Research with references from medical literature related to the consumption of non-alcoholic sugar-sweetened beverages and milk as associated with body mass index in adolescents showed no consensus between the 30 studies evaluated and a lack of national articles on the subject.
There is no consensus in the literature regarding the association between consumption of milk and non-alcoholic sugar-sweetened beverages – including soft drinks and sweetened juices – and body mass index (BMI) in adolescents, in addition to the lack of national articles on this topic (AMERICAN HEART ASSOCIATION, 2015; LUDWIG; PETERSON; GORTMAKER, 2001; MALIK; SCHULZE; HU, 2006).
Researchers from Universidade Federal de São João Del Rei (UFSJ), in Divinópolis (MG), came to this conclusion after evaluating 30 national and international articles related to the consumption of non-alcoholic sugary drinks and milk and its relation to BMI in adolescents. The article “Intake of sugar-sweetened beverages, milk and its association with body mass index adolescence: a systematic review
” was published in Revista Paulista de Pediatria (v. 36, n.1).
The search for articles was conducted in databases PubMed and VHL (Virtual Health Library). Studies were selected with filters “aged between 10 and 19 years”, written in Portuguese and English, published between 2011 and 2015. Among the 20 articles addressing sugar-sweetened drinks in general, 55% found an association between their consumption and increased BMI. All studies addressing soft drinks were related to BMI elevation. As to milk, only one article showed an association between its consumption and increased BMI. Three articles mentioned milk consumption as high-BMI protection factor, while three studies found no such association.
Studies looking at soft drinks and sugary beverages in general were assessed, having included ultra-processed sweetened juices such as powdered juice and even canned juice, which is popularly believed to be a healthy substitute for soft drinks. Our systematized evaluation of articles allowed us to analyze, reflect, and discuss in a clear and accessible way the pattern of sugar-sweetened drinks and milk consumption by young people and its impact on nutritional status, especially in the occurrence or protection of obesity, as the authors of the research explain.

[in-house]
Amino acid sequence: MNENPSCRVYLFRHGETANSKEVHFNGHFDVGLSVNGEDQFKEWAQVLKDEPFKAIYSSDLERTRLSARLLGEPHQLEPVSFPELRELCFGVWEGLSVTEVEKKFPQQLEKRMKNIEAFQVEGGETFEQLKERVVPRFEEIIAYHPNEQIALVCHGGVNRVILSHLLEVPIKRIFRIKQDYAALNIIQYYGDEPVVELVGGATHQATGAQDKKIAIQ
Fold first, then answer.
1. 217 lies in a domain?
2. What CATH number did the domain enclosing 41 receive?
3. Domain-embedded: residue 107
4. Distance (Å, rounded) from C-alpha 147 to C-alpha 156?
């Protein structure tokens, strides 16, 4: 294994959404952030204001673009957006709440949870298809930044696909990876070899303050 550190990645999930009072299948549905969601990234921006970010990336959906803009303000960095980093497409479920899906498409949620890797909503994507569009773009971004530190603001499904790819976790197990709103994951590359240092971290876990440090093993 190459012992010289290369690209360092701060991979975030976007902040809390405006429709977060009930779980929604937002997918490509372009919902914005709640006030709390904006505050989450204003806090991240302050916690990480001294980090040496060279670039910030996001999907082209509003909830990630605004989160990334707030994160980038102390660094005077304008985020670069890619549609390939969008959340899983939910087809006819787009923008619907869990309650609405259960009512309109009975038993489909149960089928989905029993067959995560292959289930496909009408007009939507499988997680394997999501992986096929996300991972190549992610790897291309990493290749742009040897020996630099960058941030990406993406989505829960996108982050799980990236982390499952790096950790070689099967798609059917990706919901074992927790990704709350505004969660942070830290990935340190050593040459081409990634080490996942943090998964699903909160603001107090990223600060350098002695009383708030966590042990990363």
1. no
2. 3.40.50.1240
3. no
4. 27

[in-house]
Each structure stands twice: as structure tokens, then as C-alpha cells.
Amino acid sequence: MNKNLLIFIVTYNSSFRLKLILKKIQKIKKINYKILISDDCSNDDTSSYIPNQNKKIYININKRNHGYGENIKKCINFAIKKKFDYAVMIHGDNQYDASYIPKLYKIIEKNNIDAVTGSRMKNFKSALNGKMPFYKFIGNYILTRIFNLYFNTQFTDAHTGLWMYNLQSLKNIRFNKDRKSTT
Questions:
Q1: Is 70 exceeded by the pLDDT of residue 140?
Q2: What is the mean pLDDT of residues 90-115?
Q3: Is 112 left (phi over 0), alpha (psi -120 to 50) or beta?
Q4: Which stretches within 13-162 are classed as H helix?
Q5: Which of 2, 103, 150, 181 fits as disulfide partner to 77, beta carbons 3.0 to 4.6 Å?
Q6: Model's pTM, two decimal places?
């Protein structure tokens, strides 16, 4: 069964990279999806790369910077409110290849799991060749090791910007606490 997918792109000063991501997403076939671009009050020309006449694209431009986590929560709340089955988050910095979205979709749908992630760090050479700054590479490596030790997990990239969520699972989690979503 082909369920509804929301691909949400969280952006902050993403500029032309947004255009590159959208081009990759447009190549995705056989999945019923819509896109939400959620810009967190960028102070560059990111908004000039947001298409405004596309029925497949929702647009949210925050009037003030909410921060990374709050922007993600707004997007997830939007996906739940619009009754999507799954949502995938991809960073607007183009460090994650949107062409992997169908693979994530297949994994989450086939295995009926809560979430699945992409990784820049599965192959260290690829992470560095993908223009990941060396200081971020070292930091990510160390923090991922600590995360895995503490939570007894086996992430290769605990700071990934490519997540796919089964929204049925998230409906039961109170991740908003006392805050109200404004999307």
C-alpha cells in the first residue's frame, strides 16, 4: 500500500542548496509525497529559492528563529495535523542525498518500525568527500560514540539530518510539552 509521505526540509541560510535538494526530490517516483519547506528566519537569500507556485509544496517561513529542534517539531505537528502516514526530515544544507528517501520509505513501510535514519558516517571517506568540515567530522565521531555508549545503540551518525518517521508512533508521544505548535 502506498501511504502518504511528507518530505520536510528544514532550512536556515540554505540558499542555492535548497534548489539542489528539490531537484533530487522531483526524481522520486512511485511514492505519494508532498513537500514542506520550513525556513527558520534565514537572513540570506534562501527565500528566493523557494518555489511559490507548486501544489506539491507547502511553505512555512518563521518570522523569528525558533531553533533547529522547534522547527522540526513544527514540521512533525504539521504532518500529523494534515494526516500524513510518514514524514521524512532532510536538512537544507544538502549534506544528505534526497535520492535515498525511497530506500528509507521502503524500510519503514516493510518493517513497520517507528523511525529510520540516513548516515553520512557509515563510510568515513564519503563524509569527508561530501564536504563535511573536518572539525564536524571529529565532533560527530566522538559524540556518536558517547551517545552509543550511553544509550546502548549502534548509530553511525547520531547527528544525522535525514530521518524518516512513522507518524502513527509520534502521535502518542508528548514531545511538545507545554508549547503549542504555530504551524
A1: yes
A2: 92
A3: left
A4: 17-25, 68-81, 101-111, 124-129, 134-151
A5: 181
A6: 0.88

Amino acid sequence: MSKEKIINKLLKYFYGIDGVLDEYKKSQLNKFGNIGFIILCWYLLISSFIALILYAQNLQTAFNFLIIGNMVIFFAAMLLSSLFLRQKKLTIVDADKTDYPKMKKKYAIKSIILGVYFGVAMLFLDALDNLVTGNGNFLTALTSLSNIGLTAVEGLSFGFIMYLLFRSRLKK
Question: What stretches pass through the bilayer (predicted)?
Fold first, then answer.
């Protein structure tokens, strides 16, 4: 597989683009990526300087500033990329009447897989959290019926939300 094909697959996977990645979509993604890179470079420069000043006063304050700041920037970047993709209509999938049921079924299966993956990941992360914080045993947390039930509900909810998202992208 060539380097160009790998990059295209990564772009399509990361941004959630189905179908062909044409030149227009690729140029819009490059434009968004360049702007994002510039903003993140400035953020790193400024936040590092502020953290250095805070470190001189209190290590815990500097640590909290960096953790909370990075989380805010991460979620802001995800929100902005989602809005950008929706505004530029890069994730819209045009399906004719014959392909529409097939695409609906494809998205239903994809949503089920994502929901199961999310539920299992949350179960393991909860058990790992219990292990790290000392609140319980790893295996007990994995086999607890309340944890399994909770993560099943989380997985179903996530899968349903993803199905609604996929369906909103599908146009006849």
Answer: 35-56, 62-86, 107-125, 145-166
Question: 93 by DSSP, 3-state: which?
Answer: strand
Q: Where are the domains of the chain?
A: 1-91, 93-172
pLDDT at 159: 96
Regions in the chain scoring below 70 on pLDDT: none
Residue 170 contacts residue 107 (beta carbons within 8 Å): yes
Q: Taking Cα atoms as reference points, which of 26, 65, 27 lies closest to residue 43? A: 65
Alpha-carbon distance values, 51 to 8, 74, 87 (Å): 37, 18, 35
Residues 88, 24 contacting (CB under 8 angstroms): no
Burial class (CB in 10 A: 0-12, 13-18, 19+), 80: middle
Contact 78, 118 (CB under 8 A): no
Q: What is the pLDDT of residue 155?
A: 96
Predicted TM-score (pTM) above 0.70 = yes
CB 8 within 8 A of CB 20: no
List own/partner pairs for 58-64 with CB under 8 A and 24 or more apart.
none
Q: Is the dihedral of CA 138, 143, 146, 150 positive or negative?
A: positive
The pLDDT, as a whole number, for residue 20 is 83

It is imperative that public policies aimed at reducing the consumption of sugary beverages are adopted, especially in children’s environments, so as to promote health and prevent certain diseases that are occurring earlier and earlier in young people, the researchers warn.
CAFE, Ana Carolina Corrêa et al. Consumo de bebidas açucaradas, leite e sua associação com o índice de massa corporal na adolescência: uma revisão sistemática. Rev. paul. pediatr.
, v. 36, n. 1, p. 91-99, 2018. ISSN: 0103-0582 [cited Mar 2, 2018]. DOI: 10.1590/1984-0462/;2018;36;1;00010. Available from: http://www.scielo.br/scielo.php?script=sci_abstract&pid=S0103-05822018000100091&lng=pt&nrm=iso&tlng=pt
- Malik VS, Schulze MB, Hu FB. Intake of sugar-sweetened beverages and weight gain: a systematic review. Am J Clin Nutr. 2006;84:274-88.
- American Heart Association [homepage on internet]. Sugar-sweetened beverages initiatives can help fight childhood obesity. [cited 2015 Nov 6. Available from: http://www.heart.org/idc/groups/heart-public/@wcm/@adv/documents/downloadable/ucm_462756.pdf.
- Ludwig DS, Peterson KE, Gortmaker SL. Relation between consumption of sugar-sweetened drinks and childhood obesity: a prospective, observational analysis. Lancet. 2001;357:505-8.
Contato: Ana Carolina Corrêa, Universidade Federal de São João del-Rei (UFSJ), Divinópolis, MG, Brazil. Email: email@example.com